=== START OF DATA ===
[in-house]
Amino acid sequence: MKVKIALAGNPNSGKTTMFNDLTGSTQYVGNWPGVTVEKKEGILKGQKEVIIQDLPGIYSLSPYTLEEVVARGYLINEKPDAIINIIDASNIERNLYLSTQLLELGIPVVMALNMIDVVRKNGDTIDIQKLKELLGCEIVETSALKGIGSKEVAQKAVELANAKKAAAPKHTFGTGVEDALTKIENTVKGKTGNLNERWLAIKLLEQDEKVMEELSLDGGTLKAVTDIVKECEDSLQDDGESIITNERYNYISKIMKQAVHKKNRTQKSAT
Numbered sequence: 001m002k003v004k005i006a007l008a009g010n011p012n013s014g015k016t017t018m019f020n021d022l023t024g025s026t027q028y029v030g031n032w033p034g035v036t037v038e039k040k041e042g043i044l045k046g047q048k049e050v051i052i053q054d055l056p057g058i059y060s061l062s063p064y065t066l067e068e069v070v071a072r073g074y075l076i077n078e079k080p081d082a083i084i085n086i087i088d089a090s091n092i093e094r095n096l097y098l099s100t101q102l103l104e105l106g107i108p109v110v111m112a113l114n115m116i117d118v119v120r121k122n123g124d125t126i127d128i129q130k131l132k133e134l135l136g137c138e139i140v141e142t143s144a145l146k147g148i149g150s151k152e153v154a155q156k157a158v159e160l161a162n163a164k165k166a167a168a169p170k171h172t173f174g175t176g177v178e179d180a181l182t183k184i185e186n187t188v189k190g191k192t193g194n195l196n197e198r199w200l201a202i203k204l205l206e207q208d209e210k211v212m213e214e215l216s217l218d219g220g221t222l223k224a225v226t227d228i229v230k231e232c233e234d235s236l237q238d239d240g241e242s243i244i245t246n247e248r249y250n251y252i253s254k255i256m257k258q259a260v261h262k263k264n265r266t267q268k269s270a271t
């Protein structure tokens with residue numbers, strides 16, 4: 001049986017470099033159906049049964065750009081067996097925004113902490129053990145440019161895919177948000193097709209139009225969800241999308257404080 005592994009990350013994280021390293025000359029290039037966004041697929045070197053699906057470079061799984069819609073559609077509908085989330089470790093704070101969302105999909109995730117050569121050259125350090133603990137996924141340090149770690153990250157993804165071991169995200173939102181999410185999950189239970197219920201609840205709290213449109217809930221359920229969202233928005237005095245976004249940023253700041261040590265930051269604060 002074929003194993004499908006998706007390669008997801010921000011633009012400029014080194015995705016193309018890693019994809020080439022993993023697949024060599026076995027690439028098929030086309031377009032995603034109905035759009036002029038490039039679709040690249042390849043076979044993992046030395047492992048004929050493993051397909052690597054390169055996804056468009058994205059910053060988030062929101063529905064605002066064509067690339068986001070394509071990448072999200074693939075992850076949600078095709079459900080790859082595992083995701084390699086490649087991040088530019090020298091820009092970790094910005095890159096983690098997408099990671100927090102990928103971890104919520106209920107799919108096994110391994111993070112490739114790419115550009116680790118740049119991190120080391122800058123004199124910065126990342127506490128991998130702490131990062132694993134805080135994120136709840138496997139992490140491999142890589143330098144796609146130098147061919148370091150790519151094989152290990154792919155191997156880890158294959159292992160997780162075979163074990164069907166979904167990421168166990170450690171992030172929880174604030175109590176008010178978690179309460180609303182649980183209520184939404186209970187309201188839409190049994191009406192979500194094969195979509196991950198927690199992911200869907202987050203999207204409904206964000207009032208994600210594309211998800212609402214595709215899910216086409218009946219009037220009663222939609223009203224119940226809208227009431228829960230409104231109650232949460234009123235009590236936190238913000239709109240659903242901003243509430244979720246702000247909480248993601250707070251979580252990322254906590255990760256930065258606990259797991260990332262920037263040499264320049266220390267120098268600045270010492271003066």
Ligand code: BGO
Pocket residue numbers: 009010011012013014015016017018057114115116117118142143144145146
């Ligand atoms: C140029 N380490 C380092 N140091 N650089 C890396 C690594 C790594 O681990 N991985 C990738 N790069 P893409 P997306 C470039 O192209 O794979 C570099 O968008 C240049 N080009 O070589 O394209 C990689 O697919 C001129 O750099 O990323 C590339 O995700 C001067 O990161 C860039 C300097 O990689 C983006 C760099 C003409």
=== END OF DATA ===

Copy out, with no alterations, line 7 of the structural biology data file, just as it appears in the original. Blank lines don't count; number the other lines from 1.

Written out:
């Ligand atoms: C140029 N380490 C380092 N140091 N650089 C890396 C690594 C790594 O681990 N991985 C990738 N790069 P893409 P997306 C470039 O192209 O794979 C570099 O968008 C240049 N080009 O070589 O394209 C990689 O697919 C001129 O750099 O990323 C590339 O995700 C001067 O990161 C860039 C300097 O990689 C983006 C760099 C003409």